Austerity and the Need for Nightmares

April 24, 2012

Supporters of austerity measures often carp that you “can’t have your cake and eat it too” meaning that renewed economic growth and rising employment has to be supported by cuts in government expenditure and short-term job losses as the economy is restructured. Austerity itself is described in medicinal terms, as if the nation is a patient, and a dose of self-denial and yes, a little pain too, will bring her back to health. Workers opposing cuts are therefore either greedy whelps, clamouring for more coddling and standing in the way of necessary corrective reforms, or they are part of the sickness ailing the economy, and merit strident surgical intervention (cut out their jobs from reality) or the drip, drip of mind addling drugs (confuse and neutralise with propaganda and concessions).

But this framing of the issue is deeply disingenuous, even if it appeals to common sense, conventional wisdom. For the organ within the body economic which really gorged on cake, was the financial sector and the investor class, which fattened itself mightily during the 1980s and 90s, and is now having all of our cake in the form of quantitative easing, bail-outs and cuts. Yet you will have to search dilligently to find any person in power or near it who has suggested that the financial sector receive the austerity treatment. We seem to have forgotten, at least amongst our betters, that the sector was ever even a patient. So bonuses blossom ever and again, the tentative reforms suggested by Sir John Vickers enjoy the shade of the long grass, and share prices hold up nicely while wages and jobs nosedive for the rest of us.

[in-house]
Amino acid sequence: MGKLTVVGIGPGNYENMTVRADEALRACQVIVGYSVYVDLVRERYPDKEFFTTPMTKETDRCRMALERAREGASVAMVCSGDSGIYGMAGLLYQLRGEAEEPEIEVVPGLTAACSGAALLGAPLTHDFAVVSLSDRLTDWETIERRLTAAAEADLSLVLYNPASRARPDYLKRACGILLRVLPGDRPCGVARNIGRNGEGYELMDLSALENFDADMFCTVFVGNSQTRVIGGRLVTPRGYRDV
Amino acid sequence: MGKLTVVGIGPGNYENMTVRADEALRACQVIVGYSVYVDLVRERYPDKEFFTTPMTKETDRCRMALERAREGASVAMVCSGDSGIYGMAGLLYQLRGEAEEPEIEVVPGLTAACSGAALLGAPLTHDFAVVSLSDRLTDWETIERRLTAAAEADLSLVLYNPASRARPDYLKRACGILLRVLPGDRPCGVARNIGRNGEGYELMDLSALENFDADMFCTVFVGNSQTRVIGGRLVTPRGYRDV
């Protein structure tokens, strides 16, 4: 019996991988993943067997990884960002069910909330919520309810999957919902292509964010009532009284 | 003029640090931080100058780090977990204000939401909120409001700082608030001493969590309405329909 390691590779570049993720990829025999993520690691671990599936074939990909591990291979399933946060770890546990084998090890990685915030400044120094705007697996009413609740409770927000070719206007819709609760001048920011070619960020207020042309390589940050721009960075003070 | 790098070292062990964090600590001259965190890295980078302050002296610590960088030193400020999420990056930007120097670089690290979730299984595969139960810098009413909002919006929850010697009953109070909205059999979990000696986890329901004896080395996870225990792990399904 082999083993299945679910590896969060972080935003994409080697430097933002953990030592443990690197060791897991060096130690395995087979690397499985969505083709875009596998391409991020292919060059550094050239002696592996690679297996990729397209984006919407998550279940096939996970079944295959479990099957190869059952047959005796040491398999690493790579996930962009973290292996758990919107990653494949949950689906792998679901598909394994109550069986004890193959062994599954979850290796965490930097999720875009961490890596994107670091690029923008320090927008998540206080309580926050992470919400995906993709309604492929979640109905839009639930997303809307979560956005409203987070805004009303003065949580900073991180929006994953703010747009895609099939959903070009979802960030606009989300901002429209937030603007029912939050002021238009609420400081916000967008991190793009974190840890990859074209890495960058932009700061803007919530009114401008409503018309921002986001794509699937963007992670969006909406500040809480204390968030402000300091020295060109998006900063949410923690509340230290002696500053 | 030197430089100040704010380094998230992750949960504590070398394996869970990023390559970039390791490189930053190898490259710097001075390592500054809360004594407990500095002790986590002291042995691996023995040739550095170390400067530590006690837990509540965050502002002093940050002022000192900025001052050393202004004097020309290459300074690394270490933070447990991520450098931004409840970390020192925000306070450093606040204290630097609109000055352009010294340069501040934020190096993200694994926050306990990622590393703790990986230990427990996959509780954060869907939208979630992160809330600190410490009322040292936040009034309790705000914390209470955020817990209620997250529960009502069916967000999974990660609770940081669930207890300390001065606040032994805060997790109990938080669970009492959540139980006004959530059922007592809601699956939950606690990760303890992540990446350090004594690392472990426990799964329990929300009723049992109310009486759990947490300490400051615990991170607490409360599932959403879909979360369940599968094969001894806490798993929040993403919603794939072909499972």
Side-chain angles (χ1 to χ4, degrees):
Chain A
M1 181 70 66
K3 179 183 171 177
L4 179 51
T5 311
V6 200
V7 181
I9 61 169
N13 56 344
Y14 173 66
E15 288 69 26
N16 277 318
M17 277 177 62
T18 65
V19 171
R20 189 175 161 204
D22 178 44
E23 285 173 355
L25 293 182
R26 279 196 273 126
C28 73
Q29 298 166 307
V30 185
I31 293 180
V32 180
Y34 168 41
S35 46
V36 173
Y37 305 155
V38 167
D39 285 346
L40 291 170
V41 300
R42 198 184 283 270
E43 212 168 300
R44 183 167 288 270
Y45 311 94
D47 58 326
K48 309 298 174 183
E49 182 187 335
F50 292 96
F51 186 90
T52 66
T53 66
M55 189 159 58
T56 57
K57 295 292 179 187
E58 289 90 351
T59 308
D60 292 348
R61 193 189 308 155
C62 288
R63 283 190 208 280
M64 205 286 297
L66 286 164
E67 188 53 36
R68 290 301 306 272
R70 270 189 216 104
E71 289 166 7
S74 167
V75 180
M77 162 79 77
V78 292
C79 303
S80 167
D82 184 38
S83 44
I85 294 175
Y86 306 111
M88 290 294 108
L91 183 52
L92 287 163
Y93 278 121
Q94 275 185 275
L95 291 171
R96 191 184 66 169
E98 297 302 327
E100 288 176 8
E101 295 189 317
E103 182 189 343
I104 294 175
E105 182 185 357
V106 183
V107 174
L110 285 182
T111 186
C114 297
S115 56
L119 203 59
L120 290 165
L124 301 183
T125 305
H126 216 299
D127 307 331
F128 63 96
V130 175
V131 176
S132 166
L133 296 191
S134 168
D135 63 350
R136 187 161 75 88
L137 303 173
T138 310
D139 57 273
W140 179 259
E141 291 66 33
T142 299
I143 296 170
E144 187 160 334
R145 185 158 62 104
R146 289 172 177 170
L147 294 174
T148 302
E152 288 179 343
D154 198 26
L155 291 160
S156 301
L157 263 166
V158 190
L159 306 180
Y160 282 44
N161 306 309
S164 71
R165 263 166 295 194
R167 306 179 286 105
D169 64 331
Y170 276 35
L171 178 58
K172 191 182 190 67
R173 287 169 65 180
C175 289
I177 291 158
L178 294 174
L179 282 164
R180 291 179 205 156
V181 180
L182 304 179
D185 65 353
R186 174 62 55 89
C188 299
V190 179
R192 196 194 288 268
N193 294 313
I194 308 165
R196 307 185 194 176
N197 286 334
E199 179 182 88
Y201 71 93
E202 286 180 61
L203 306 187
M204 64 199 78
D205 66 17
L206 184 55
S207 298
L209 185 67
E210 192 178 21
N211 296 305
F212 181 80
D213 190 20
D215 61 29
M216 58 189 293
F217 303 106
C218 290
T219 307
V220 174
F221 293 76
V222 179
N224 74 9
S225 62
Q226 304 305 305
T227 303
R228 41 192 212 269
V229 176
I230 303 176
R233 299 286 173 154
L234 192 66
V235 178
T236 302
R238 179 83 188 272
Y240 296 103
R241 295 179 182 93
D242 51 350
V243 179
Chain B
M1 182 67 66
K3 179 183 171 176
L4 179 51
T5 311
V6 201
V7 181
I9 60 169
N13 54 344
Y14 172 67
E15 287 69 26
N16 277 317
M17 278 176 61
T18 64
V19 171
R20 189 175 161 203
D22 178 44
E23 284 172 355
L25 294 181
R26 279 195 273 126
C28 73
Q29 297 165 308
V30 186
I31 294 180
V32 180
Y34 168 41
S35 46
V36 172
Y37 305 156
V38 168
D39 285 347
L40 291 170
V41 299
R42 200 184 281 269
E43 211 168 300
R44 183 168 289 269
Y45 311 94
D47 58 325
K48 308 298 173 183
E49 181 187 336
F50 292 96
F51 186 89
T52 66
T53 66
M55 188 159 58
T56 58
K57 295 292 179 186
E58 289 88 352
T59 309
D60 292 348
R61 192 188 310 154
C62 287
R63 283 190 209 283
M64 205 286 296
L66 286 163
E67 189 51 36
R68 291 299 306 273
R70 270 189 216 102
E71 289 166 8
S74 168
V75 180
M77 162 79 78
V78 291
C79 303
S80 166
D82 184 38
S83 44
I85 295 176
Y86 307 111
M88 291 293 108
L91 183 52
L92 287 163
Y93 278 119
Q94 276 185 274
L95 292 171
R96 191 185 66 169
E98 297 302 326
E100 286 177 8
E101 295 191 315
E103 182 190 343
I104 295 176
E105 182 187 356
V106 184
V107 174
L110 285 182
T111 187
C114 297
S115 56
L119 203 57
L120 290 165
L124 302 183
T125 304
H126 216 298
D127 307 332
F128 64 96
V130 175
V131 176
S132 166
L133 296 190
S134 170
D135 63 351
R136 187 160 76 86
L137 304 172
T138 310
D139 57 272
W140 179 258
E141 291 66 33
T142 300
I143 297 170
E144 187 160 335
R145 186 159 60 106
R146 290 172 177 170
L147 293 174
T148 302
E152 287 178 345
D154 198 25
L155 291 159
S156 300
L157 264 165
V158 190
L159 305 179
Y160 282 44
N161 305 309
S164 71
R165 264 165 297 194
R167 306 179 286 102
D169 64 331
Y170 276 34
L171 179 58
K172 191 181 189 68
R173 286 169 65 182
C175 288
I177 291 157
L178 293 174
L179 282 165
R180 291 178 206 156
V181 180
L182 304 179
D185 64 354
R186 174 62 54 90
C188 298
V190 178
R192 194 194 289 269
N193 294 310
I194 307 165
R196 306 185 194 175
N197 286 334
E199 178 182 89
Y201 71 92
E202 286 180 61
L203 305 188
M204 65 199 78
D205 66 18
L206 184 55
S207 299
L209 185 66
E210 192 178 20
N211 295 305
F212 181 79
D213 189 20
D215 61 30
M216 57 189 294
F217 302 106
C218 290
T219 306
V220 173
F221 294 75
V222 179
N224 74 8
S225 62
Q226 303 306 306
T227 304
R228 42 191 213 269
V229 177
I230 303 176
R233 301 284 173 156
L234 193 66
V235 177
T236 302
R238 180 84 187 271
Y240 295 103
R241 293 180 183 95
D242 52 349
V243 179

But this is partly our fault. What have critics of austerity really achieved? How many editorials does it take to change a deeply unfair and economically counter-productive economic policy? (answer – infinity). Are those in power actually in any way worried that their decisions could spark popular anger? Do they worry for their safety? Well, that might be taking things too far, but there will be no change in policy until policy makers fear the people and the street. Unfortunately, the British public remain anaesthatised – held static by media manipulation, the stultifying effects of three-party consensus on the “crisis” and a general (and merited) cynicism regarding political agency. Most people you speak to agree that, yes, austerity is unfair and the rich must pay but no, we have no idea how to turn such a sentiment into a movement, into a demand, and into action.

Action. It’s a hard word to swallow right now. If you feel that things are wrong – and so many people do, where do you turn for an outlet? What does it mean to be “active” as a truly effective force for democratic, socially just reforms? Well, despite their naivety and utter lack of organisational nous, the student movement showed the power of passion and numbers at the nerve centre of power. Lacking any discipline, desecrating symbols known to be fetishised by the right-wing press, speaking without articulacy, but with rage, fighting with police, yet without a discernable media strategy to contain the fall-out – all of this militated against the student uprising either a) continuing (it’s now dead) or b) attracting other sections of the population to add their causes to a general movement against austerity.